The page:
I sat down on a concrete slab painted with the number 21. To my right was a group of American foreign-exchange students from the local university. Behind me sat a tour group of Indians, and to my left were staunch Spanish fans.

I asked the mid-thirties Spanish man to my left, “When was the last time you attended a bull fight?”

“July,” he said. “I come about ten times a year,” before he sipped his can of beer.

The fine aroma of an expensive cigar caught my attention and I looked left. A well-dressed Spanish man is snapping family pictures with his wife and daughter. He teemed with joy as he shared this pastime with his family.

The second bull fight began. The bull was released into the arena and he darted around, unsure of where to go or what to do. Then three of the matador’s assistants, who were dispersed in the arena, waved colorful capes to draw the bull’s attention.

They performed for the crowd for a short time and then two picadors (lancers on horseback) entered the arena. The horse’s size made him an attractive target, and the bull charged with fury. The horse, which was blindfolded and clad with protective padding, plummeted into the wall by the beast’s sheer momentum. Pinned against the railing, the picador jabbed a spear into the bull’s neck muscle to cause a loss of blood and thus weakening.

For the next stage, the matador’s three assistants each planted two sharp barbed sticks into the bull’s shoulder. This further weakened the bull, not to mention agitated and further angered him!

For the third and final stage, the matador assumed the center of attention. He collected his red cape and sword and walked pompously to the middle of the arena. The crowd apparently was not chanting loud enough and the matador gestured with his hands for the crowd to become more enlivened. He required more praise for his bravery.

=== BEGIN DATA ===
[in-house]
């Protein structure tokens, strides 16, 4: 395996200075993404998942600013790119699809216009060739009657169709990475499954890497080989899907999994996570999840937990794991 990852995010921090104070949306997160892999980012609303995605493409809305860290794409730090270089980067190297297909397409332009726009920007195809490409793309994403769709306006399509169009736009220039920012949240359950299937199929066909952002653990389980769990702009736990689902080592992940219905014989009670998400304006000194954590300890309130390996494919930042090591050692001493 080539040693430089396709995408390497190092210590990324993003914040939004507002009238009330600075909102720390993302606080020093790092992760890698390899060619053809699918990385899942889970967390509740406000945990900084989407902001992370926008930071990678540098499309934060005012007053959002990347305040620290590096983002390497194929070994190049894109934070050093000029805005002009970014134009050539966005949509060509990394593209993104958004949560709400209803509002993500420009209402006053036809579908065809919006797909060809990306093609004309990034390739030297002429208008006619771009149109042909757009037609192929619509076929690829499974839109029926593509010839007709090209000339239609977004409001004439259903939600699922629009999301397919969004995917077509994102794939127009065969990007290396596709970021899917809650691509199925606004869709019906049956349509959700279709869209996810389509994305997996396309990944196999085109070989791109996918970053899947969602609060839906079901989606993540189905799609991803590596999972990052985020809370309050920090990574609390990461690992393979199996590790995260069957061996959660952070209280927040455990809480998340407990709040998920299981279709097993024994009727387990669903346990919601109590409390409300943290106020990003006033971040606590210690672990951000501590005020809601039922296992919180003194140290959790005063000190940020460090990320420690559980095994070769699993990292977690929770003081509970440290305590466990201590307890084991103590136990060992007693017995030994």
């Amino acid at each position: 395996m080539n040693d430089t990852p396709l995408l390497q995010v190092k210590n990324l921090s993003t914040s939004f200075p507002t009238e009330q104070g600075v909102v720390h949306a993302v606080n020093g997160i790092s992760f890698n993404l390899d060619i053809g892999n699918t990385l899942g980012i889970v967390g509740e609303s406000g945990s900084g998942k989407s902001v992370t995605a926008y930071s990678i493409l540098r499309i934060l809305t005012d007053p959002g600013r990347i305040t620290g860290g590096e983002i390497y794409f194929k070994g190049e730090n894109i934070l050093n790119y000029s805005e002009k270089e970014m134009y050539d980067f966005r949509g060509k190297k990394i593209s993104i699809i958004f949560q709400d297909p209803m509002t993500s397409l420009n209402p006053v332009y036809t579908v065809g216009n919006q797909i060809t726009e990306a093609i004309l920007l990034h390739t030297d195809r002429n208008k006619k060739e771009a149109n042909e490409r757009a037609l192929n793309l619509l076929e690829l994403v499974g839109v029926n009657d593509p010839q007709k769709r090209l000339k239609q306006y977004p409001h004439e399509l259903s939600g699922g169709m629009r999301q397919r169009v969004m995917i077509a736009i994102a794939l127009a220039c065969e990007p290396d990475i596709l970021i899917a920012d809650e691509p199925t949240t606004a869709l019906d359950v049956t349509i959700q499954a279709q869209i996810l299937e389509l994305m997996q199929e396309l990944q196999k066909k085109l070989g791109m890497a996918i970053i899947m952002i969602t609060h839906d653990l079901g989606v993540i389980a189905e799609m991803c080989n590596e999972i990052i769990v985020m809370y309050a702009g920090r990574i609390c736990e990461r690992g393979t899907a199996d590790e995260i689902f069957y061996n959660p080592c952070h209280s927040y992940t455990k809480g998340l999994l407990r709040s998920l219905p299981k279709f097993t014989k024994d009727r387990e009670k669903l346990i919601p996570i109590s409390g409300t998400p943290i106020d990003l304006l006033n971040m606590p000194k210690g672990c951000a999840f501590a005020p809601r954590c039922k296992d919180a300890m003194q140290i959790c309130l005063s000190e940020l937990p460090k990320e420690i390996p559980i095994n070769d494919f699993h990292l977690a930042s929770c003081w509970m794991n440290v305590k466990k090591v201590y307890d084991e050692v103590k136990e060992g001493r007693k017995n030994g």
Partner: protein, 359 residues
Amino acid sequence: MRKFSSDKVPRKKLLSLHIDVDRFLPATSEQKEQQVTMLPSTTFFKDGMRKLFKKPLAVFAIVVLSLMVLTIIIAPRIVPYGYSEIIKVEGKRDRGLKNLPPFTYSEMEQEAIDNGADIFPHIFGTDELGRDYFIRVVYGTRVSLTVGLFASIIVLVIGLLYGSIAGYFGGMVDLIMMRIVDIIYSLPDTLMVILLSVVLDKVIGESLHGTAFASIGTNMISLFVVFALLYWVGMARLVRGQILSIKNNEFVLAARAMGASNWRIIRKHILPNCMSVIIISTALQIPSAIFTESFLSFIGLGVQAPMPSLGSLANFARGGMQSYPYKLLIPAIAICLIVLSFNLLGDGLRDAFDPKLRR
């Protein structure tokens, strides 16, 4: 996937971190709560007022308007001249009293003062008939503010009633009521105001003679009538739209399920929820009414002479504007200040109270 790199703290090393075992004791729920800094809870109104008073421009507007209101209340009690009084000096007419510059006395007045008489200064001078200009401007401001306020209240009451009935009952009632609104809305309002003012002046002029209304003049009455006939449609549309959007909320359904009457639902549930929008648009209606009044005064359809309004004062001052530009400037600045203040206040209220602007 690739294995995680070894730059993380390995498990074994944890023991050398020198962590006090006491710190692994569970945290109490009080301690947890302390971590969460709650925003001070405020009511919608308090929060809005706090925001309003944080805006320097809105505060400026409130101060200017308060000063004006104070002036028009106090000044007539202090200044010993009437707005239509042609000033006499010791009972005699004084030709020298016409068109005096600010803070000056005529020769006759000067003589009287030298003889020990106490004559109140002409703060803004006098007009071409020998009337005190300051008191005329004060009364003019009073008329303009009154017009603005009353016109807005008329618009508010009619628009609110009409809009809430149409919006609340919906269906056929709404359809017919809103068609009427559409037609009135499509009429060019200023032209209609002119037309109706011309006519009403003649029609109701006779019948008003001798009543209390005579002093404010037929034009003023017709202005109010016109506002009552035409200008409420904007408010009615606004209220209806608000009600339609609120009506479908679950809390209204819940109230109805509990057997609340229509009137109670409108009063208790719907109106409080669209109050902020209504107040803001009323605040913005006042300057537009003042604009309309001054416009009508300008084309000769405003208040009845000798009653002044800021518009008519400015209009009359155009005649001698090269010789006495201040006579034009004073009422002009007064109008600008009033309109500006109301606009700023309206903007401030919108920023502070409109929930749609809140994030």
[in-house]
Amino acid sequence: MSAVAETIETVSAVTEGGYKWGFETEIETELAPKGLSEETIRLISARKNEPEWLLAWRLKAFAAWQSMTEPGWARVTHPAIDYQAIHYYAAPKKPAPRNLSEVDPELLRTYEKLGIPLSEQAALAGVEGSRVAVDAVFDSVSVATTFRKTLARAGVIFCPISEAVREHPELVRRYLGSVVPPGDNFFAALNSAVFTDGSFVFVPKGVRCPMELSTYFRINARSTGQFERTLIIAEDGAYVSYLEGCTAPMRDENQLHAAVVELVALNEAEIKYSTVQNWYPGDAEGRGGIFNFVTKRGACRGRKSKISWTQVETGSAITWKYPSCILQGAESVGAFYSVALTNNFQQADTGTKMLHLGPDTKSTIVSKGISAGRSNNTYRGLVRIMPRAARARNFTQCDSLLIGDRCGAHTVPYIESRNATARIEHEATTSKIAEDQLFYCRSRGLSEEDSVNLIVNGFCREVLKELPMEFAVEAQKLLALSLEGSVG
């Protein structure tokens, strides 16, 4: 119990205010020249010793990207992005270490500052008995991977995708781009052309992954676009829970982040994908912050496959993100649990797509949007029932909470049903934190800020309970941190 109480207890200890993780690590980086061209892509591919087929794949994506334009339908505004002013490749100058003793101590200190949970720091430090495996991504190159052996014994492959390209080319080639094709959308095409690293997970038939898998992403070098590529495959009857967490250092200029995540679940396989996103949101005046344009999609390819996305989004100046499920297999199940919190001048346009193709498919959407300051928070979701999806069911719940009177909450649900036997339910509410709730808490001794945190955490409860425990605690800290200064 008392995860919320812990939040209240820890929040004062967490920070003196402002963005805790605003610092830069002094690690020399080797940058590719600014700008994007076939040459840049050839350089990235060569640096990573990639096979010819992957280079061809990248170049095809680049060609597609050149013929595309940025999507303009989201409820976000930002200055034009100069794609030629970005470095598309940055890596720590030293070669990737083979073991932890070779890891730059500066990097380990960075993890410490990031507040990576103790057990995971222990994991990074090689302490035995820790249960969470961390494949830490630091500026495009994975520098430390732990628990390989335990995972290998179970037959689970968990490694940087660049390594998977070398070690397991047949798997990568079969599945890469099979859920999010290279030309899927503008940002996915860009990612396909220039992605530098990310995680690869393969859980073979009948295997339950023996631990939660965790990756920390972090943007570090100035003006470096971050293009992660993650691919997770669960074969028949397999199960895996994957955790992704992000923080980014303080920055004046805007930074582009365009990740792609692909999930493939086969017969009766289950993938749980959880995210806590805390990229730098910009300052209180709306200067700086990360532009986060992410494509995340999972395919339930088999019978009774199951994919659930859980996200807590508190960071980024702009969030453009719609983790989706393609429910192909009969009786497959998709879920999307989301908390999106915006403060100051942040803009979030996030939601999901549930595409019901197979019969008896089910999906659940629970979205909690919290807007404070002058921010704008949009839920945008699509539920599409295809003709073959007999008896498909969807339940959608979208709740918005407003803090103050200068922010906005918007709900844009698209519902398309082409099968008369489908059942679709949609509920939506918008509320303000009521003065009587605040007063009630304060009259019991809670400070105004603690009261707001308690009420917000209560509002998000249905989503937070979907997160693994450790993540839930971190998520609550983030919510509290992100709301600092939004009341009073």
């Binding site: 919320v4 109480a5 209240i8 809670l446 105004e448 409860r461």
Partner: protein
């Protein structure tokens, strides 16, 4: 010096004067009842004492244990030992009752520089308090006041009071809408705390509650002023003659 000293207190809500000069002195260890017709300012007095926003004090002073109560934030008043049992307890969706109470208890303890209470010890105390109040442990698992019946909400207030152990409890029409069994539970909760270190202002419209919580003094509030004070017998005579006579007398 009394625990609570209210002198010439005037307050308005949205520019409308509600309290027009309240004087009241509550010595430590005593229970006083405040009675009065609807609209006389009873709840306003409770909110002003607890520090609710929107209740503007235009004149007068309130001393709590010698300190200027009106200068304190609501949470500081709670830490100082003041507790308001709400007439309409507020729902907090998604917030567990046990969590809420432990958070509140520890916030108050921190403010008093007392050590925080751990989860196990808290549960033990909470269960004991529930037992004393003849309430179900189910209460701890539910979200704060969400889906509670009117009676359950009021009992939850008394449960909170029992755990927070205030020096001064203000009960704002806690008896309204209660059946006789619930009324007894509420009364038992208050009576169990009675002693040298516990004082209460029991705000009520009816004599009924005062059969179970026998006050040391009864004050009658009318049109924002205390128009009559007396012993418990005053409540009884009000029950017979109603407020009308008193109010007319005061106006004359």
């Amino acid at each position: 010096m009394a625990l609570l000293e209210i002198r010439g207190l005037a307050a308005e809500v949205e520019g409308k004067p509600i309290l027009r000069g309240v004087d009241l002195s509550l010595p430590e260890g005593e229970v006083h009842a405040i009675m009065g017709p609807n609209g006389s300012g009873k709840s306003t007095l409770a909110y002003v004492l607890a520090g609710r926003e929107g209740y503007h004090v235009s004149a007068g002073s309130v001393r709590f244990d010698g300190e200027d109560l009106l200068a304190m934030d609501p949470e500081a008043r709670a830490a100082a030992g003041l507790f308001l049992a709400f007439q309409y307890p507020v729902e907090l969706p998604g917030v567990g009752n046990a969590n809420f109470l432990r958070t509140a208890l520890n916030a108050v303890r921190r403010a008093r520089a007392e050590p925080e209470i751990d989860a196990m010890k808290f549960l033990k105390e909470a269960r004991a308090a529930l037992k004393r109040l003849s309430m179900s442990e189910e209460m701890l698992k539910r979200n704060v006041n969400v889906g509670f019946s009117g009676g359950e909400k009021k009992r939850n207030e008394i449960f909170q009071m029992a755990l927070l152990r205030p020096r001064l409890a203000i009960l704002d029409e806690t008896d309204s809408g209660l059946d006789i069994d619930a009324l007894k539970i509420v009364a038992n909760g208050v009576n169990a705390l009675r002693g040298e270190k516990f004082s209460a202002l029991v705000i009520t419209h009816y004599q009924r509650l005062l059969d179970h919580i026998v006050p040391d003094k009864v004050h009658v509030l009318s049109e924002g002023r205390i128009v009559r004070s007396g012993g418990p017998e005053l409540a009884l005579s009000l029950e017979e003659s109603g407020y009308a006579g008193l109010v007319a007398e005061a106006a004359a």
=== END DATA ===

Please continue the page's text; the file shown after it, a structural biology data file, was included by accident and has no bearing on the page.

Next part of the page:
He demonstrated his mastery over the bull by performing a series of “passes,” where the bull charged the red cape—each time narrowly missing the matador. Once the matador had demonstrated his dominion over the bull, and the bull had almost lost his will to continue fighting, the matador faced the bull head on for one last challenge.

As the battered bull charged its last hooray, the matador thrust his sword completely into the bull’s shoulder, penetrating the heart’s aorta.

The bull staggered for only a second, and then collapsed onto the dirt—reminiscent of the Old Testament passage, “for dust thou art, and unto dust shalt thou return.” The crowed erupted into applause as two horses galloped into the arena to drag the valiant bull backstage. During this time, workers quickly prepared the arena for the remaining four bull fights.

I had tasted enough of this ritual to feel its effects, yet not be intoxicated. It reminded me of when I studied in Cantabria and our class took a field trip to see a bullfight. I felt indifferent to what I had witnessed, but many of my classmates were appalled at what they watched and voiced their outrage. Our college-aged Spanish chaperones became offended, and quickly defended their national pastime by questioning how Americans could be so bothered by this ritual, when Hollywood produces violent films that attract millions. I had the impression they were close to discussing America’s wars, but they halted.

For me, the answer was quite simple. It had been my experience that Americans could ignore human suffering more easily than the suffering of one animal. I could never imagine an America that would allow a sporting event like this, but I wasn’t in Spain to change their culture or to leave behind mine. I was there to broaden my horizons, and I did.
Hooray! You can be the first to comment.